Cycling to Success with An Mheitheal Rothar
Sometimes the simplest ideas are the best. In 2010, somebody asked ‘what if’ there was a space where students could come and repair their bicycles?
It would be an ‘ecospace’ – an environment which encouraged peer to peer learning, civic and environmental responsibility and empowered people in their own abilities.
An Mheitheal Rothar – Galway’s Bike Workshop – was born from the idea that people could come together in a group or a cooperative, helping each other as part of a community.
It sprang from humble beginnings with a workshop on the campus of NUIG where volunteers helped students repair their bikes, salvage old machines and pass on their mechanical skills to others. Since then, An Mheitheal Rothar – which is officially a cooperative – has become an unqualified success story.
10 years after its inception, the service acquired a new home at Galway Shopping Centre on the Headford Road.
The workshop is funded from sales of second hand bikes, paid repairs and services of bikes, and donations from those attending DIY workshops on a “pay what you can afford” basis. It has now widened its remit to become a multi-faceted community offering, with the support of the Western Development Commission.
“One of the great things about An Mheitheal Rothar has been the ability to contribute fully to the circular economy,” says Cathy Coote, An Mheitheal Rothar’s Community and Fundraising Co-ordinator. “We’re proud to currently provide six green jobs and four trainee places in our shop.
“We had planned to open a shop to sell bicycles including through the Bike To Work scheme. We had a detailed business plan and a loan from the Western Development Commission but the Covid-19 pandemic altered all of that!
“Instead, we pivoted, opening a shop in the Galway Shopping Centre to provide our repair services and sell the bikes sent for scrap that we repair under our ReCycle Your Cycle initiative. In addition to repairing and servicing bikes, we now plan to restore and ‘remanufacture’ old bike frames by sandblasting and powder-coating their frames back to life.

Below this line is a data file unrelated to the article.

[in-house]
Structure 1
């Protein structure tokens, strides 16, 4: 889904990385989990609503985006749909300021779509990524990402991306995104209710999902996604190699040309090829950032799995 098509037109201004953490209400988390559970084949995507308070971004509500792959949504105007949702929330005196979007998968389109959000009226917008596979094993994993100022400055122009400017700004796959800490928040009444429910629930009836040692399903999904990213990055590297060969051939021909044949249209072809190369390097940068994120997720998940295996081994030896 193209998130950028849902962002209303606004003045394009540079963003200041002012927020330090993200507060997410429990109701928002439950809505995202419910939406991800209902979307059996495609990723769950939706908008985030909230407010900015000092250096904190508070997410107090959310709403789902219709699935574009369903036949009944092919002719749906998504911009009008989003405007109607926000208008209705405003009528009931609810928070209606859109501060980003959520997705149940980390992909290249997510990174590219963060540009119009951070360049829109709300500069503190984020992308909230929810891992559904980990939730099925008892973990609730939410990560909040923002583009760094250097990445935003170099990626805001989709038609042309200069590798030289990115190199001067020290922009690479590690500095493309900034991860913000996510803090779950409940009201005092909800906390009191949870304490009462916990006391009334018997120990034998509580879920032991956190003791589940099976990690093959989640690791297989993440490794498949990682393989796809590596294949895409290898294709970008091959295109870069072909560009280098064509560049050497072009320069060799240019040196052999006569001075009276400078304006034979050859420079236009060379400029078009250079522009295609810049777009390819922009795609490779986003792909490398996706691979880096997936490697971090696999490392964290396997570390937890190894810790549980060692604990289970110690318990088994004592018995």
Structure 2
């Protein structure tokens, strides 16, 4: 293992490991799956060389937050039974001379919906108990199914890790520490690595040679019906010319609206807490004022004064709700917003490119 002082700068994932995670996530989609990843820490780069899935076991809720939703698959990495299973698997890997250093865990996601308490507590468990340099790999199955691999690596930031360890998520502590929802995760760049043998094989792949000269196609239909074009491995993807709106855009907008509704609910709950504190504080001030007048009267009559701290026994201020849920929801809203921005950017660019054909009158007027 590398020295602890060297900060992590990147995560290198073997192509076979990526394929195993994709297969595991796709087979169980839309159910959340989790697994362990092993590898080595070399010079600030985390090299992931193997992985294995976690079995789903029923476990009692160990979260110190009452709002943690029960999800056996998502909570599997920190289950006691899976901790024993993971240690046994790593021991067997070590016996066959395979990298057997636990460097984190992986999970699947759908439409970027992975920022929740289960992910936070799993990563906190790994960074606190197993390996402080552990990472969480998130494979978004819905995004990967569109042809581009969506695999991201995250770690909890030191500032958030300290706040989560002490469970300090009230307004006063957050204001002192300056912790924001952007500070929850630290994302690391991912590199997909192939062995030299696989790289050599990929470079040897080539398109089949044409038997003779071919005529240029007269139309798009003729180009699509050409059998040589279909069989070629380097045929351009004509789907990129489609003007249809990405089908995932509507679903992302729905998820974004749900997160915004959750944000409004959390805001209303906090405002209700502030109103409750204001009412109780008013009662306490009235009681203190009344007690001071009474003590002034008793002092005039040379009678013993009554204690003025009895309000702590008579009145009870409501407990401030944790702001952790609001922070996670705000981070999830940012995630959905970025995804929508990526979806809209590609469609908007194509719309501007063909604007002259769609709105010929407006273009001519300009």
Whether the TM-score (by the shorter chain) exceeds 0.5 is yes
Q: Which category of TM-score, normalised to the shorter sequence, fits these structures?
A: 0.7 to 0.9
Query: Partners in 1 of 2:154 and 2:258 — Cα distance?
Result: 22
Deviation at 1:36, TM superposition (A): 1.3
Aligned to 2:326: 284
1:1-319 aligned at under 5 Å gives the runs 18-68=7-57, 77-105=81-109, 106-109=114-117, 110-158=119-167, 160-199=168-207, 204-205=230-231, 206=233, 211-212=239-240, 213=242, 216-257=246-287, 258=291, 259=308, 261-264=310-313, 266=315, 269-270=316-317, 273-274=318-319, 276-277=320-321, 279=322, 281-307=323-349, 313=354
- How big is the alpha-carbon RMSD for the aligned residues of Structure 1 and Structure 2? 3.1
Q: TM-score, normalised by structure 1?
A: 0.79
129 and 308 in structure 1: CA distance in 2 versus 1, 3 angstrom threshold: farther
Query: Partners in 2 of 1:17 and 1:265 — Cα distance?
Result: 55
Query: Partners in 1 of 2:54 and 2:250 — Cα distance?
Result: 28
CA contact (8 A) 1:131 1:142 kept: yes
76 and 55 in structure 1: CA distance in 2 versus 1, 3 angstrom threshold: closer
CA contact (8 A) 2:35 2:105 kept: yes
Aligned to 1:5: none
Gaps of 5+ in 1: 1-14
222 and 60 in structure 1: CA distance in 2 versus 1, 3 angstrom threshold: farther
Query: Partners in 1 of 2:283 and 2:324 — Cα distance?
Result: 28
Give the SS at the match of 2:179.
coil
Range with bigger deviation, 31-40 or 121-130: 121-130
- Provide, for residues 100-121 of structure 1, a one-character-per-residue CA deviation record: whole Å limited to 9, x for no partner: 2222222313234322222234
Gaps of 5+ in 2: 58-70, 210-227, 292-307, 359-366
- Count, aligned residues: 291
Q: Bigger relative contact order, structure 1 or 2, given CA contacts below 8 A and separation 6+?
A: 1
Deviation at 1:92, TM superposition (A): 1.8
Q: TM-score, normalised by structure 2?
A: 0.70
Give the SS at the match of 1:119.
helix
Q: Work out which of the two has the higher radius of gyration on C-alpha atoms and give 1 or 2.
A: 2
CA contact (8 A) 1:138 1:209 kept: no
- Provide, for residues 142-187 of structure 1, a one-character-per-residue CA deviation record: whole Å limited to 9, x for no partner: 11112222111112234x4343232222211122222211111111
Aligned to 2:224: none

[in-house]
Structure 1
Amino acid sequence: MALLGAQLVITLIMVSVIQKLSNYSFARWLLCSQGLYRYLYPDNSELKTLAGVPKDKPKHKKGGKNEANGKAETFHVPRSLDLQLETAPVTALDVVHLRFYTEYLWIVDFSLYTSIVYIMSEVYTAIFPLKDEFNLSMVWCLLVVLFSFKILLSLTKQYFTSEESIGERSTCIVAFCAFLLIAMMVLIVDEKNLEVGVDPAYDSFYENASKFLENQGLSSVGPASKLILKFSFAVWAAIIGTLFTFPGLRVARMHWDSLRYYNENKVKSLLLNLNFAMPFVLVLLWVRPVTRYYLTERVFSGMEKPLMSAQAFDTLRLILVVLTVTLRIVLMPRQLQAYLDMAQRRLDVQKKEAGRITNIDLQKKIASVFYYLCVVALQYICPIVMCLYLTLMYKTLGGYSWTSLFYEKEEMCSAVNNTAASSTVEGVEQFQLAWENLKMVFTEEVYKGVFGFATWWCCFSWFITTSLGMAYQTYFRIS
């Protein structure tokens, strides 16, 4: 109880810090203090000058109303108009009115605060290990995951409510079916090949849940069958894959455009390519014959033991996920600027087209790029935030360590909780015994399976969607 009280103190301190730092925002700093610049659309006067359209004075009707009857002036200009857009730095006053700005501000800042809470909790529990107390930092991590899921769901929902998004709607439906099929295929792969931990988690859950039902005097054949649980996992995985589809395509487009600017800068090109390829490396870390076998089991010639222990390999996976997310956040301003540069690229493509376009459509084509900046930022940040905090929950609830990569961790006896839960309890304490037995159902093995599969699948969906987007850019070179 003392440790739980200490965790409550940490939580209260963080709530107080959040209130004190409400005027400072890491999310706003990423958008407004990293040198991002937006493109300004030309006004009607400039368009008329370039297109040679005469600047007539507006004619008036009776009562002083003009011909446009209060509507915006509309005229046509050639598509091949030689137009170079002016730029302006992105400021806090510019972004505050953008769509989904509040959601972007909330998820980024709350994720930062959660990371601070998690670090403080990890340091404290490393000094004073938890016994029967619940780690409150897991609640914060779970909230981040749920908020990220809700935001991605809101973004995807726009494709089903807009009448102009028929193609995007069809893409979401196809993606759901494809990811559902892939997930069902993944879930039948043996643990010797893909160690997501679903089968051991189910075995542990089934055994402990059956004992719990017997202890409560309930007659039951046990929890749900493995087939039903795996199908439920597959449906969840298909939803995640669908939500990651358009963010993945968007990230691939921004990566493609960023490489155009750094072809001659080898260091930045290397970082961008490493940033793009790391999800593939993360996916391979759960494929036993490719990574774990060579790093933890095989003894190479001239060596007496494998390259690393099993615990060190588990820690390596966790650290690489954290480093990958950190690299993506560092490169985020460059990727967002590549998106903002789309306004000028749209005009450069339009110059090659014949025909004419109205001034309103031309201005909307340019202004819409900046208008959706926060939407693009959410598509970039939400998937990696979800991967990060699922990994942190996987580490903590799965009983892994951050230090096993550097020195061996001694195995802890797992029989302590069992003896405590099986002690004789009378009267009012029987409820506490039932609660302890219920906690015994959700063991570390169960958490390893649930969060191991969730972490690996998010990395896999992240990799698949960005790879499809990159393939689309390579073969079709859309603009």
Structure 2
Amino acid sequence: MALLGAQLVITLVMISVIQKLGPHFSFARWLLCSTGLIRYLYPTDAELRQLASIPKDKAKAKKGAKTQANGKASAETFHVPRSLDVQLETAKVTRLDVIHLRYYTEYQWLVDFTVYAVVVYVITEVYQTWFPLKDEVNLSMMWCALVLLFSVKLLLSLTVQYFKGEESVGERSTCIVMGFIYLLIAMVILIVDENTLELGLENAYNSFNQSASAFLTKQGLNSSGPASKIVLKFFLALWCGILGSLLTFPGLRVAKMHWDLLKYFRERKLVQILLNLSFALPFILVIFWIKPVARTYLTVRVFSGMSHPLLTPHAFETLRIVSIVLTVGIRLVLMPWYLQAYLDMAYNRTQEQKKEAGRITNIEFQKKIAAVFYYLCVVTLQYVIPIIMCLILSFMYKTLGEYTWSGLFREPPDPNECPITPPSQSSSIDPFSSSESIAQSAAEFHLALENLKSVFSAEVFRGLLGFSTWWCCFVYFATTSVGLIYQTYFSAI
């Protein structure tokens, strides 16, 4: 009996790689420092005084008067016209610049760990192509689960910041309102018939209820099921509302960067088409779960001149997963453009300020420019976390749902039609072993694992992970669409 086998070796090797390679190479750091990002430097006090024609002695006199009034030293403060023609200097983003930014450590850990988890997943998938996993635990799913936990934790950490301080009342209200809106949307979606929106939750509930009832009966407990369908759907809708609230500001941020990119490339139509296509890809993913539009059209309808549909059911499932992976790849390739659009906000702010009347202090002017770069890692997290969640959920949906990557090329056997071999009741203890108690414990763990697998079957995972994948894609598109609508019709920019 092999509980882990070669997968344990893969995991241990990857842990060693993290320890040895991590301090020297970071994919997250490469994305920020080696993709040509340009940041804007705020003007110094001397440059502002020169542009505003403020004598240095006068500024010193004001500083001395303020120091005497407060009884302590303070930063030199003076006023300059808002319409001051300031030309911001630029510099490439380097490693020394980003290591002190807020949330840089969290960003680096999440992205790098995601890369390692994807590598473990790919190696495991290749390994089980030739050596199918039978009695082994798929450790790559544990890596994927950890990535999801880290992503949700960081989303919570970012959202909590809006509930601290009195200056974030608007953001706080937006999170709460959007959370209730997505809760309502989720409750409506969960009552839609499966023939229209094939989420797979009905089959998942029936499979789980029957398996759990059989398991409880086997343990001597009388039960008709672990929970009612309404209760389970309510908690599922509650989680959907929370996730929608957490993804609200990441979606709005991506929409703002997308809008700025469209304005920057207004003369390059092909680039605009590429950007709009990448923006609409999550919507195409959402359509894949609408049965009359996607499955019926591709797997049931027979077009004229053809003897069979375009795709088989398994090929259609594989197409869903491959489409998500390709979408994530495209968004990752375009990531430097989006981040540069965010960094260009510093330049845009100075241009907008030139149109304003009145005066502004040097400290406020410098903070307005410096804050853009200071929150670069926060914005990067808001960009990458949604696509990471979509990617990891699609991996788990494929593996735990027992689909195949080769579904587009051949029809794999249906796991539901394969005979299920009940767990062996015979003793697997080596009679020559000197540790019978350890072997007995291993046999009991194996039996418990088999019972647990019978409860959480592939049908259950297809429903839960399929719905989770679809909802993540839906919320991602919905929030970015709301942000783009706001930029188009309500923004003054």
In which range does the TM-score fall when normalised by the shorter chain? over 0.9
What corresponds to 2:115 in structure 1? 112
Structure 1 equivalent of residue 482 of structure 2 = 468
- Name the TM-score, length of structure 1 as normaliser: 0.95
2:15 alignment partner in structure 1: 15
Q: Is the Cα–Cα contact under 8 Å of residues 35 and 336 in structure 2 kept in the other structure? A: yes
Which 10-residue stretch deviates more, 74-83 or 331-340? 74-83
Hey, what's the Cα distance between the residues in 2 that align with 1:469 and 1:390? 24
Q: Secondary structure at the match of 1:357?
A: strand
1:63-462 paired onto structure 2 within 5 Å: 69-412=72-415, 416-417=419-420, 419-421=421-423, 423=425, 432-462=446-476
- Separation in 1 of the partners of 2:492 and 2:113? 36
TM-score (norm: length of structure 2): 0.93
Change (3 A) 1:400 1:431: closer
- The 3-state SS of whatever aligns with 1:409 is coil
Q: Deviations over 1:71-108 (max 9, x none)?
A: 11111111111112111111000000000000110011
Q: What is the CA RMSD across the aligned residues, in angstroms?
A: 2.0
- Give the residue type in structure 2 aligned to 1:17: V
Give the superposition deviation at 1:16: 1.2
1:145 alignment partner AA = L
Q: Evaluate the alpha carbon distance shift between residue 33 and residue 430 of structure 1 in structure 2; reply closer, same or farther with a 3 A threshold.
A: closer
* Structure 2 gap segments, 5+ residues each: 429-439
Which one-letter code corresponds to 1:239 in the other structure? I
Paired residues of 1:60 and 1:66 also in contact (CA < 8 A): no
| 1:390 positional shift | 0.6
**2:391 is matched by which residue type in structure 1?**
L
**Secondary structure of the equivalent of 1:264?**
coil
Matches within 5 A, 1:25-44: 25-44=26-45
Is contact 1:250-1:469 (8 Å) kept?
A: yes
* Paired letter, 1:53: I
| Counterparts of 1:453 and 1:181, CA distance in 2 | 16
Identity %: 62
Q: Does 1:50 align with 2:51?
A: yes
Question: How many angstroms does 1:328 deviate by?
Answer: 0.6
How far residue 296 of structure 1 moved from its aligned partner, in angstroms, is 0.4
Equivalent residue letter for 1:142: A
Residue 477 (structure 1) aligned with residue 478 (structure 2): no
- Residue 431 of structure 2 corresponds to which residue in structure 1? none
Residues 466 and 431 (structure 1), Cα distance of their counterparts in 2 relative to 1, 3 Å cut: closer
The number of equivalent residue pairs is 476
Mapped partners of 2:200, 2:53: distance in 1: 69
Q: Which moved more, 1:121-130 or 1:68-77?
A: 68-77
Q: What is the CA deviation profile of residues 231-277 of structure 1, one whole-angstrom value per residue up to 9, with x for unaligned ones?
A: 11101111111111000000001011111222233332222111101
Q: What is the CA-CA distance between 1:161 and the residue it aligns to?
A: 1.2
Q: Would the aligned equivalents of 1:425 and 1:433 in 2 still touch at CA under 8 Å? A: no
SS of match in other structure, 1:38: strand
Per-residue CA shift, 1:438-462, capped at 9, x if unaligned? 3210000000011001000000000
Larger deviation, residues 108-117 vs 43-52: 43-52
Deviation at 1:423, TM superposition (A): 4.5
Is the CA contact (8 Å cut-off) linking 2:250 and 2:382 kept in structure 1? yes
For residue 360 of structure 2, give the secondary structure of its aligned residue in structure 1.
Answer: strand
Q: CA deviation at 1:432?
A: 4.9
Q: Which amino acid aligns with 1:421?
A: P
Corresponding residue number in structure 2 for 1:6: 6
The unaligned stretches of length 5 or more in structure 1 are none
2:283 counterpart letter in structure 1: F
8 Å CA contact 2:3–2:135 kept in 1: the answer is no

“We will not only bring bikes back to their former glory but will be supporting more green jobs and training opportunties – and teaching the kind of problem-solving skills that are essential to the circular economy. Who doesn’t want to repair waste and put it back into use?
“The WDC has been incredibly supportive of our plans and through the loan we were able to press ahead with our plans to expand our services and grow the business.”
Cathy believes the pandemic will leave some positive legacies including a shift toward the recognition of cycling as a climate-friendly alternative to the car, particularly in urban areas. The need for bicycle maintenance expertise will only grow, she believes.
An Mheitheal Rothar has big plans for the year including the continued expansion of its activities, from growing its retail operations, to trialling new recycling technologies and increasing its training options. It is also hoping to offer a City & Guilds Level 8 qualification in Bicycle Mechanics.
Cathy adds: “People are really keen on both cycling and recycling. We’ve shown that change is possible with more infrastructure and the right facilities being added. It’s all very positive.”